Females seem to be the subject of his films (Lars Von Trier). I don’t think Lars Von Trier had the intention of stating that such behavior is wrong but it does reflect in the film, sort of. The sex scenes are not the enjoyable type that the audience would get turned on by, very mechanical movements and unattractive to watch a very thin, almost anorexic- model/ looking actress naked, watching the film as a woman with self respect who shuns upon sexual objects on the screen. As for my boyfriend who also happened to watch it with me, it was hard to tell whether or not the general male audience would get turned on by this film. After watching the film, I felt that it was my duty to inform my boyfriend that not all women are nymphomaniacs like Joe, and that its wrong to have sex with minors. My partner got upset because he thought I was making a generalization of women’s behavior and men’s actions based on the film, when this film clearly depicts a young woman with a problem. There’s scene where Joe tries to seduce a married man on the train who’s on his way to go home and have sex with his ovulating wife so that they can have children. He rejects Joe the first time and says’ “No” after several weak times of saying no, Joe unzips his pants and sucks his dick. He could have clearly walked away from this situation, but it clearly didn’t stop him from letting an underage girl suck his penis.
Ultimately the film made me uncomfortable at times, the whole time I thought to myself: this is so wrong why isn’t anyone scoffing in the theatre but me, I’m surprised that the film hasn’t been covered by Jezebel and turned it into a whole feminist issue of precautioning men of the messages they get from watching films like this and what kind of behavior it leads to.
I am aware that this is a European film and maybe European culture sees underage girls more maturely, but when I see an American minor such as my 15 year old cousin, I most certainly don’t see an anxiously nymph waiting to unleash herself to older men like Joe who has a “problem”. Can they wait until their 18 at least for crying out loud? My maternal instinct is coming out, its something my mother would say and I am slowly evolving into a carbon copy of her who will tell me 15 years later when I have kids: I told you so.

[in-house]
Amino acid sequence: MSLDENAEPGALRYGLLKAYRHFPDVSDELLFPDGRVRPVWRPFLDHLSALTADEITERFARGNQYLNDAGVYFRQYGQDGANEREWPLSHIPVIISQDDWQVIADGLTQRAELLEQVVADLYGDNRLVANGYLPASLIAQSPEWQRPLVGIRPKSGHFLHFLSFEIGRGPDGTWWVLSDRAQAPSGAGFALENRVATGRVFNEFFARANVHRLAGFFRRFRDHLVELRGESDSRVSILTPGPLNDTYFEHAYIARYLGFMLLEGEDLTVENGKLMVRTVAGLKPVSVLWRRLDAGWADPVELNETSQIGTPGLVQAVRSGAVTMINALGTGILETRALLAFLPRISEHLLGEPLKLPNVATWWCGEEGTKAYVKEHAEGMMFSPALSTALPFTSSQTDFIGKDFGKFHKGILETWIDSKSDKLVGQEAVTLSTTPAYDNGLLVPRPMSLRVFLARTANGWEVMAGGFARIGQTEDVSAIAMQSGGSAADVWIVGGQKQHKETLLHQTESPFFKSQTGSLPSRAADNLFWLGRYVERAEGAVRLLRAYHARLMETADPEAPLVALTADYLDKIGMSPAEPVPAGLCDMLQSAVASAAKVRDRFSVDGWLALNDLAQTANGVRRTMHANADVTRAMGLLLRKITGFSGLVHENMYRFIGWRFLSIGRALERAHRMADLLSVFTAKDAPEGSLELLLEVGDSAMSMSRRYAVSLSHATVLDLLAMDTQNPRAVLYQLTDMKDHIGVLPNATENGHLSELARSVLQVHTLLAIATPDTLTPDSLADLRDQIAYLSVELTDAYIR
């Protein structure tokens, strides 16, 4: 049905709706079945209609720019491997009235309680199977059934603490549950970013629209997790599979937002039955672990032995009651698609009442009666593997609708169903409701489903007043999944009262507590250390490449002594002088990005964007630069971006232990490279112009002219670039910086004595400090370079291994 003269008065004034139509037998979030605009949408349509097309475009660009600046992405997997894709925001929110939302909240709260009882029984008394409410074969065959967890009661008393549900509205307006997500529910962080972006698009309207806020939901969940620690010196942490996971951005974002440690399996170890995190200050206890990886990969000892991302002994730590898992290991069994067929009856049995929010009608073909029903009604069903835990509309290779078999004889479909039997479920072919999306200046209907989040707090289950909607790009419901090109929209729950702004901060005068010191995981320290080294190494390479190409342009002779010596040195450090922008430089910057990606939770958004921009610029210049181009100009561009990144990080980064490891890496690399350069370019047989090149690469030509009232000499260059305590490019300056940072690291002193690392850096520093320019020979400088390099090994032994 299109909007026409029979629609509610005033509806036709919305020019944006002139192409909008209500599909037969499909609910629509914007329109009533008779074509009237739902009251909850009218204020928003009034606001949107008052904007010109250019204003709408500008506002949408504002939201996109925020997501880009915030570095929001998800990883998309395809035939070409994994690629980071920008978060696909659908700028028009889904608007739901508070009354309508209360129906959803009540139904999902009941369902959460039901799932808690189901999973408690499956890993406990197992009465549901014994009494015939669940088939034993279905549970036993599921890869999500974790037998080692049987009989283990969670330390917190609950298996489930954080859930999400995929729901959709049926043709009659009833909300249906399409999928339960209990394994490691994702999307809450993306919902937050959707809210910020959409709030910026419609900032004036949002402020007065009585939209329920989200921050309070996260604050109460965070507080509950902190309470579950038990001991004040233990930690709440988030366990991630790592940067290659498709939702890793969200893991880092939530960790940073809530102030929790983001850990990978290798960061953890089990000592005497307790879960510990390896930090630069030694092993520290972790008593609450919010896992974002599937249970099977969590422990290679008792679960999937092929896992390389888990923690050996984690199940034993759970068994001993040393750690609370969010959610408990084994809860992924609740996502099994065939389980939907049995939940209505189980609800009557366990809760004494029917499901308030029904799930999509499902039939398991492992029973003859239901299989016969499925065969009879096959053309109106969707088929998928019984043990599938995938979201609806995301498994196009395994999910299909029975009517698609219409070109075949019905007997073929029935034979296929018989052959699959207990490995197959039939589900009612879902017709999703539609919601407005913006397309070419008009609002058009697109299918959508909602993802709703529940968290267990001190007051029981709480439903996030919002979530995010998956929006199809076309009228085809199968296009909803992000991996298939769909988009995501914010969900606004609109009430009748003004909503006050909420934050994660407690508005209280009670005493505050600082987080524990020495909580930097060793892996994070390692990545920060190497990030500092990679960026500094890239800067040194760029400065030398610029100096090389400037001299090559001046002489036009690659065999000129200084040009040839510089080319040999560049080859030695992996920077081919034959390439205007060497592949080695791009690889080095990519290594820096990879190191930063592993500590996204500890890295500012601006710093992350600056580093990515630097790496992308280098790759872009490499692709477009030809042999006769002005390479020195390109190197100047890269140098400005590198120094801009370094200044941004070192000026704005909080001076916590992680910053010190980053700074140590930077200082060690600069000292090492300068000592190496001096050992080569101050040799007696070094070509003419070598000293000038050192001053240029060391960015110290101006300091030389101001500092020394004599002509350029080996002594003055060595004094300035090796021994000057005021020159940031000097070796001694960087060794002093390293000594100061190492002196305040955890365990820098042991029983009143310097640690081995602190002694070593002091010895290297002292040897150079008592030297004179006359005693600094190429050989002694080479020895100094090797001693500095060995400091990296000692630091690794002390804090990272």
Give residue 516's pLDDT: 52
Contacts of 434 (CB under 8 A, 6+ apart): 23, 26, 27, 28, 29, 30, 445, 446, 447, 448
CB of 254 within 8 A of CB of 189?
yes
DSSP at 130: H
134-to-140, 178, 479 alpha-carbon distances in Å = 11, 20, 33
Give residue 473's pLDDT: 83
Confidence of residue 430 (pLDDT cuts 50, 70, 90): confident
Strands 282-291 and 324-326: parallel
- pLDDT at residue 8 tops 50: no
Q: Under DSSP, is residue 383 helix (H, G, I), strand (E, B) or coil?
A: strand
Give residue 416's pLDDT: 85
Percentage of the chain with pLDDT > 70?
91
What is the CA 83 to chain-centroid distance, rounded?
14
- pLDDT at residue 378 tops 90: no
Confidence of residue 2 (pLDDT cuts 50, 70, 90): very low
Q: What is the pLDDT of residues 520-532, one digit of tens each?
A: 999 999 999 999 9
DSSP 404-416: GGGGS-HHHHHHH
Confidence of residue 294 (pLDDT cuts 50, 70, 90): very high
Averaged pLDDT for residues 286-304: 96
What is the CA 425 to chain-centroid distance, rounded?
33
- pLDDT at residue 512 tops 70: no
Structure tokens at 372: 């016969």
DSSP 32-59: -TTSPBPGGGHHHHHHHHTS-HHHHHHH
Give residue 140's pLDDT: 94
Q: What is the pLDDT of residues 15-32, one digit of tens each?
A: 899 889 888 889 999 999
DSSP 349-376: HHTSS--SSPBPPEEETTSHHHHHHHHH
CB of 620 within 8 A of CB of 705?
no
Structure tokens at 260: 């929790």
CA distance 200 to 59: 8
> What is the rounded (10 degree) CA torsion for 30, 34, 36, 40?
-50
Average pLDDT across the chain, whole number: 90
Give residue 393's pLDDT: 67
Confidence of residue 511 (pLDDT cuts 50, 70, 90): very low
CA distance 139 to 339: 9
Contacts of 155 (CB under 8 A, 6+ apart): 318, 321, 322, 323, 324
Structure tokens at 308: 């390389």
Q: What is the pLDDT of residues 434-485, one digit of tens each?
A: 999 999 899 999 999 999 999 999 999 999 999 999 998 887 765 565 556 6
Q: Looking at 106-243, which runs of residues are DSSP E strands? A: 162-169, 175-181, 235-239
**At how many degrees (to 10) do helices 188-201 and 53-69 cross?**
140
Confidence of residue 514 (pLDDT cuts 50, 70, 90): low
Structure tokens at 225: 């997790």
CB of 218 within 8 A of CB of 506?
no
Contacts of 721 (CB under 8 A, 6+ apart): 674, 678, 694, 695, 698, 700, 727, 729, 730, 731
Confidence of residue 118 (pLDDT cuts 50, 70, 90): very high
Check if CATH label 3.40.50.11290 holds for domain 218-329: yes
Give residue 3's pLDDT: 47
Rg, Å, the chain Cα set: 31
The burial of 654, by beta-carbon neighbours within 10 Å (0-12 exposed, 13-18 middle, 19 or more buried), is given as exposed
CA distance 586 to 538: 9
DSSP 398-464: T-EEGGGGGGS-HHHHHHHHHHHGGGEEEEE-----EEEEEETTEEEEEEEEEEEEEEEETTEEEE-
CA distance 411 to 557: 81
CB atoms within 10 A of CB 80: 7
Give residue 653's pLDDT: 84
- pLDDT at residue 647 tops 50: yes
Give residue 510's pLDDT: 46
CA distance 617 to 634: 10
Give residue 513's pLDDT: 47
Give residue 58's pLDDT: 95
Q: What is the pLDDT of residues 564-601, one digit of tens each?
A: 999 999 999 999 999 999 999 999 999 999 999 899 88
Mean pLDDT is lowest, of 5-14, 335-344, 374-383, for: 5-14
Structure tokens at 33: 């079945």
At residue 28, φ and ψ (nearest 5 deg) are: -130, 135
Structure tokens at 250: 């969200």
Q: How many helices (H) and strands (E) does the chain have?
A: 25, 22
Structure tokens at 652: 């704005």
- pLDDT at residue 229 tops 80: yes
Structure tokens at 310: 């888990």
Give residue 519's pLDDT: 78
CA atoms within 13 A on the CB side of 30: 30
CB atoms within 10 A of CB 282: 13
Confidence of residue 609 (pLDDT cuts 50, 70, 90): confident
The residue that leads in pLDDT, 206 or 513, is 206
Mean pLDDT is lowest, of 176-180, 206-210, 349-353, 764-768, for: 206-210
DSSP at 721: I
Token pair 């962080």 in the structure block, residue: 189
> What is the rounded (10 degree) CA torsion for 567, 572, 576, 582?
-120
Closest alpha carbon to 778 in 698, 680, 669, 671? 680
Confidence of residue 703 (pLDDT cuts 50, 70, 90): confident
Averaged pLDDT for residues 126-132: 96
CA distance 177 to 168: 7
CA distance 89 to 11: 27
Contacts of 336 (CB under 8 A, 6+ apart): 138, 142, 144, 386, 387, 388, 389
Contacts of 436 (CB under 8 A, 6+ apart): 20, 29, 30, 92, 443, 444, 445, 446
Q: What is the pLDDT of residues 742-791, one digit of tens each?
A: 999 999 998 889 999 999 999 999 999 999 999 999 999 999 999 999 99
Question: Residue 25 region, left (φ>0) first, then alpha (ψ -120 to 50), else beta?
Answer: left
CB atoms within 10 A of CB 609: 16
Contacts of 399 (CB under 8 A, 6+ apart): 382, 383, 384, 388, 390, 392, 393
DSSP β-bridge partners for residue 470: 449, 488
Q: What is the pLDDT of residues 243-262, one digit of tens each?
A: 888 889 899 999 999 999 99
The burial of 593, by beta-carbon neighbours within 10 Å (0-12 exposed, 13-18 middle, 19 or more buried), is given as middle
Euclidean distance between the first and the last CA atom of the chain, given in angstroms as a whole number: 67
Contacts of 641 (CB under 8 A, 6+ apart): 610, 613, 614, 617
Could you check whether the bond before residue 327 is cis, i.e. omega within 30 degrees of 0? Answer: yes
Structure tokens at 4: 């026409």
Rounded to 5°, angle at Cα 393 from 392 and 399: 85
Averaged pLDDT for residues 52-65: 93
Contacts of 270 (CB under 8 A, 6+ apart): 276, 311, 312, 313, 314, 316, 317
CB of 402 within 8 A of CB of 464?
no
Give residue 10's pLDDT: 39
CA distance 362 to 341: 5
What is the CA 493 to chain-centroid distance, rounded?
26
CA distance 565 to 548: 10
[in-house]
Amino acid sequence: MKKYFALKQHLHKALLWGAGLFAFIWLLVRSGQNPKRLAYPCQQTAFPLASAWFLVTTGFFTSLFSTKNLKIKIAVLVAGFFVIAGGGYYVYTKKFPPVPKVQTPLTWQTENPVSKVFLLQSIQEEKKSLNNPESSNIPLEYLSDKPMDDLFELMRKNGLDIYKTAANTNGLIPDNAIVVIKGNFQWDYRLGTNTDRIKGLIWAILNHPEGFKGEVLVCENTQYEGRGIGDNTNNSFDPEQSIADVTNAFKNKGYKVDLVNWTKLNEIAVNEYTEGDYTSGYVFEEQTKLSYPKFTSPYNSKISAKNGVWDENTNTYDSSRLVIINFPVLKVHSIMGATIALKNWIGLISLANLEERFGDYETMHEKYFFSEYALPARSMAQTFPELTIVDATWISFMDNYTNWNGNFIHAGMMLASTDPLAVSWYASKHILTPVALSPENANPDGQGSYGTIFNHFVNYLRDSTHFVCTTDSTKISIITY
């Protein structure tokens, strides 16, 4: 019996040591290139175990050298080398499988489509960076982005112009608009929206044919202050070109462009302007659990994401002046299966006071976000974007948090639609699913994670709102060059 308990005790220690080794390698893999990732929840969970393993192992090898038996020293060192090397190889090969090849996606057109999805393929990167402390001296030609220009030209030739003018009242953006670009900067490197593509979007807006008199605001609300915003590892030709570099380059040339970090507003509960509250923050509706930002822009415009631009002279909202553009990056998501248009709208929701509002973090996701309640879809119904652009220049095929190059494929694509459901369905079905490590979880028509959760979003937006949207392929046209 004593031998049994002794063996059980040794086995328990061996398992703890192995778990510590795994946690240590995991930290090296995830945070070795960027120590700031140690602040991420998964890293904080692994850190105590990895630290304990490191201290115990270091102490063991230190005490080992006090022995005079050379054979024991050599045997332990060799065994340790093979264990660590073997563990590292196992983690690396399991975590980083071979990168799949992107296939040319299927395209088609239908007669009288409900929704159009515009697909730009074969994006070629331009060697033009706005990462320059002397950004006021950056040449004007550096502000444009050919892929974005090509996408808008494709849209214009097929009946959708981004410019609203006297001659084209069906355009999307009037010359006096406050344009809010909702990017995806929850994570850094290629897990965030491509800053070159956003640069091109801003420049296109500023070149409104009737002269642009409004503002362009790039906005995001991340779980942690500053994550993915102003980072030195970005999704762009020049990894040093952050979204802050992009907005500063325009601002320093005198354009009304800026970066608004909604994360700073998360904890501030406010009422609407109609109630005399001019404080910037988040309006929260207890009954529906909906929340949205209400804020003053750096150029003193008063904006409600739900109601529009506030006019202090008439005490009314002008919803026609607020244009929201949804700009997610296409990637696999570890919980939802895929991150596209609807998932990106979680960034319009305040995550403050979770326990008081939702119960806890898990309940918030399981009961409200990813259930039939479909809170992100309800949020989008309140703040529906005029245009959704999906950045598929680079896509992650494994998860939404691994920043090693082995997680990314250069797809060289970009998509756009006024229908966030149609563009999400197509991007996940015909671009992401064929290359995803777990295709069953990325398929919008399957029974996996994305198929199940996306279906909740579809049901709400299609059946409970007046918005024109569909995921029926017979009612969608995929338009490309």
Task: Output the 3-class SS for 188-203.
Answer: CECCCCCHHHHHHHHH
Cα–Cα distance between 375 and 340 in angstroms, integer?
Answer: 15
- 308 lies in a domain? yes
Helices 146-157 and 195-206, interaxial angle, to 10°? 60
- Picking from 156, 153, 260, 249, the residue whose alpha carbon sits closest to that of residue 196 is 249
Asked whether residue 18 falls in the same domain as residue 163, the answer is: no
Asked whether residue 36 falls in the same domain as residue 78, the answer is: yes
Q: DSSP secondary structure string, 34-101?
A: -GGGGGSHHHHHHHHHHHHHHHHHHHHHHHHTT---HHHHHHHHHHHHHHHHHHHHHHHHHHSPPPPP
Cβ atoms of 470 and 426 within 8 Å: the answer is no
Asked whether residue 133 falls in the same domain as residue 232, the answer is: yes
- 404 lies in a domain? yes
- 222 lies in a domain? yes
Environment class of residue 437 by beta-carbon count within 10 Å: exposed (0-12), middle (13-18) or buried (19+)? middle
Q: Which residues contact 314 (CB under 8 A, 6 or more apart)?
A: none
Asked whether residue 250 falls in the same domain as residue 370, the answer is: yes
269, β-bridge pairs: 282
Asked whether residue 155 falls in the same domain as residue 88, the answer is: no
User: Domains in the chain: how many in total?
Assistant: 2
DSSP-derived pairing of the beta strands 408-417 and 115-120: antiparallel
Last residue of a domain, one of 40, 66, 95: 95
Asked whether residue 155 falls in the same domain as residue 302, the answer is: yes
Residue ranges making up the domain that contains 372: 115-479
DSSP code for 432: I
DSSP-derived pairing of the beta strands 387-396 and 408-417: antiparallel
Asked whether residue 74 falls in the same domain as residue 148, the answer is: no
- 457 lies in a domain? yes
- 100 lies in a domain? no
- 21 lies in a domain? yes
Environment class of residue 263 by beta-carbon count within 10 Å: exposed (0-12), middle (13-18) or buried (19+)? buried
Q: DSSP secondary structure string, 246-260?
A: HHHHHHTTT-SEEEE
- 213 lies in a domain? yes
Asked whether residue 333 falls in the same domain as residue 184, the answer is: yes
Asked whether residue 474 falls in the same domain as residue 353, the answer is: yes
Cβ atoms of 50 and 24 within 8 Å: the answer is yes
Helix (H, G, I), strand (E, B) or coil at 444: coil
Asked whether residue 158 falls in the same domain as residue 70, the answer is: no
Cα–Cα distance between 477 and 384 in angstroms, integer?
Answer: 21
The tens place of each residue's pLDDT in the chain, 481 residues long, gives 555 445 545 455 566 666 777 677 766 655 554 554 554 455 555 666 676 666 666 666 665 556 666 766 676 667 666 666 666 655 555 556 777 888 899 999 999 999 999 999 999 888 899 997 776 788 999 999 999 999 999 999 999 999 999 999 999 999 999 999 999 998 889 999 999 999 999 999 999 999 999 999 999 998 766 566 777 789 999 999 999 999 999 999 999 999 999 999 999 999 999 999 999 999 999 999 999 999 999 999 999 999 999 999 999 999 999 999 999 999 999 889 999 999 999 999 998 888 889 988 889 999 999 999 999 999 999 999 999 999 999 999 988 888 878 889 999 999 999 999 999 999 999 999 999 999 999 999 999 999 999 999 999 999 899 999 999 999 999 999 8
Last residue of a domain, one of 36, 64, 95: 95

My only precaution here is that if you encounter a person with nymphomaniac disorder, don’t have sex with them you are only making their addiction worse, and don’t ever joke about being a nymphomaniac it will only conclude that you are having sexual behaviors with everyone like a whore does only you don’t get paid like one and you might wake up in a train wreck- figuratively speaking.
Every year thousands of baristas compete to see who can make the world’s best coffee. They have 15 minutes to make 12 drinks — to make an impact. It’s like the Olympics of the coffee world.
If you are a coffee lover and are intrigued by the industry, this one’s definitely worth watching, but they need a little funding. If they meet their goal, contributors will receive rewards like t-shirts, posters, coffee mugs, a dvd and of course, free coffee!!!!
I’m getting sick and tired of these women showing comfort in getting nude for an article spread or billboard and claim “respect for women”, no not really you’re attracting for the wrong reason and validate men’s expectation of sexuality because they can’t get their eyes off your tits. If you have the intention of showing the world your naked body just because you want to that’s fine, but don’t try to call out on some feminist bullshit or “respect me”, put your clothes back on and take action with an actual movement that will have a positive reaction towards society without getting a male reader a hard on.
When I graduated from college in the winter of 2012, I thought a lot would change in two years. I’ll be 24 in 2014, and I don’t feel a lot has changed. Time flies, but when I look at where I am today, its not certainly where I want to be.
This is life, but you have to keep playing the game, work hard and keep doing what your doing even though it doesn’t make sense and you feel like you’re not getting anywhere.
Why are people getting upset over Katy Perry’s Performance? It’s what happens when you get Asian fever. People get it all the time when they are exposed to that culture. I got it when I was 12 after picking up a comic of the Peach Girls Anime series and when my friend invited me over to try her mom’s kimchi for the first time (All said in humor, partially true) .